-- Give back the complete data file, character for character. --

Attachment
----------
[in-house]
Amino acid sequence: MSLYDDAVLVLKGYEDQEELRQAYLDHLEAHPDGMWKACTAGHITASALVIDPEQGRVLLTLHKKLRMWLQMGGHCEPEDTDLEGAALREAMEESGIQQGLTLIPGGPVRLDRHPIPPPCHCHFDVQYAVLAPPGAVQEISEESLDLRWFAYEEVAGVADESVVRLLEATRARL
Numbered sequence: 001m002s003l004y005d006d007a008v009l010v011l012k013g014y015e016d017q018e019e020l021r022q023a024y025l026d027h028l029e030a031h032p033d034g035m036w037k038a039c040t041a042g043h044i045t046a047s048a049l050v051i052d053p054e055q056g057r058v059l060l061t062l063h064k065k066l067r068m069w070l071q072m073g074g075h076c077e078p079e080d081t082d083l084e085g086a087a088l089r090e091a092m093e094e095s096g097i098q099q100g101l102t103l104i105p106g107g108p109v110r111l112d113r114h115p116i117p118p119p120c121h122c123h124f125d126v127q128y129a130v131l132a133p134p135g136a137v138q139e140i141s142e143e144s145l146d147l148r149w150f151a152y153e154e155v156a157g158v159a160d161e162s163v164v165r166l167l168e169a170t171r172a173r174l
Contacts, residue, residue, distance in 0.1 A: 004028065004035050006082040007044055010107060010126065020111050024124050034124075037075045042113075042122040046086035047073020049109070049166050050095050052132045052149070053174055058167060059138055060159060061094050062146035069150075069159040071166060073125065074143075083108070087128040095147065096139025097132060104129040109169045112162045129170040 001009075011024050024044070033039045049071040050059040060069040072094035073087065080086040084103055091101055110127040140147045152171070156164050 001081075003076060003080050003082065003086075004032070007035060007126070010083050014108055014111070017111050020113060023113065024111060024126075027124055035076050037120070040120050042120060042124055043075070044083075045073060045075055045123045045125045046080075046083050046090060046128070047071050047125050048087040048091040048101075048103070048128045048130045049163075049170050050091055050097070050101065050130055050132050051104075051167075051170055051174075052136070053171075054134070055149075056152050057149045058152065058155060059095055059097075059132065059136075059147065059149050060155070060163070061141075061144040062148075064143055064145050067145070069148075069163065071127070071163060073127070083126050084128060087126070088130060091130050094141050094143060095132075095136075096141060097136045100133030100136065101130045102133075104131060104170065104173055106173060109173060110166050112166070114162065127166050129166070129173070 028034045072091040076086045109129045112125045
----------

[in-house]
Amino acid sequence: MSLYDDAVLVLKGYEDQEELRQAYLDHLEAHPDGMWKACTAGHITASALVIDPEQGRVLLTLHKKLRMWLQMGGHCEPEDTDLEGAALREAMEESGIQQGLTLIPGGPVRLDRHPIPPPCHCHFDVQYAVLAPPGAVQEISEESLDLRWFAYEEVAGVADESVVRLLEATRARL
Numbered sequence: 001m002s003l004y005d006d007a008v009l010v011l012k013g014y015e016d017q018e019e020l021r022q023a024y025l026d027h028l029e030a031h032p033d034g035m036w037k038a039c040t041a042g043h044i045t046a047s048a049l050v051i052d053p054e055q056g057r058v059l060l061t062l063h064k065k066l067r068m069w070l071q072m073g074g075h076c077e078p079e080d081t082d083l084e085g086a087a088l089r090e091a092m093e094e095s096g097i098q099q100g101l102t103l104i105p106g107g108p109v110r111l112d113r114h115p116i117p118p119p120c121h122c123h124f125d126v127q128y129a130v131l132a133p134p135g136a137v138q139e140i141s142e143e144s145l146d147l148r149w150f151a152y153e154e155v156a157g158v159a160d161e162s163v164v165r166l167l168e169a170t171r172a173r174l
Contacts, residue, residue, distance in 0.1 A: 004028065004035050006082040007044055010107060010126065020111050024124050034124075037075045042113075042122040046086035047073020049109070049166050050095050052132045052149070053174055058167060059138055060159060061094050062146035069150075069159040071166060073125065074143075083108070087128040095147065096139025097132060104129040109169045112162045129170040 001009075011024050024044070033039045049071040050059040060069040072094035073087065080086040084103055091101055110127040140147045152171070156164050 001081075003076060003080050003082065003086075004032070007035060007126070010083050014108055014111070017111050020113060023113065024111060024126075027124055035076050037120070040120050042120060042124055043075070044083075045073060045075055045123045045125045046080075046083050046090060046128070047071050047125050048087040048091040048101075048103070048128045048130045049163075049170050050091055050097070050101065050130055050132050051104075051167075051170055051174075052136070053171075054134070055149075056152050057149045058152065058155060059095055059097075059132065059136075059147065059149050060155070060163070061141075061144040062148075064143055064145050067145070069148075069163065071127070071163060073127070083126050084128060087126070088130060091130050094141050094143060095132075095136075096141060097136045100133030100136065101130045102133075104131060104170065104173055106173060109173060110166050112166070114162065127166050129166070129173070 028034045072091040076086045109129045112125045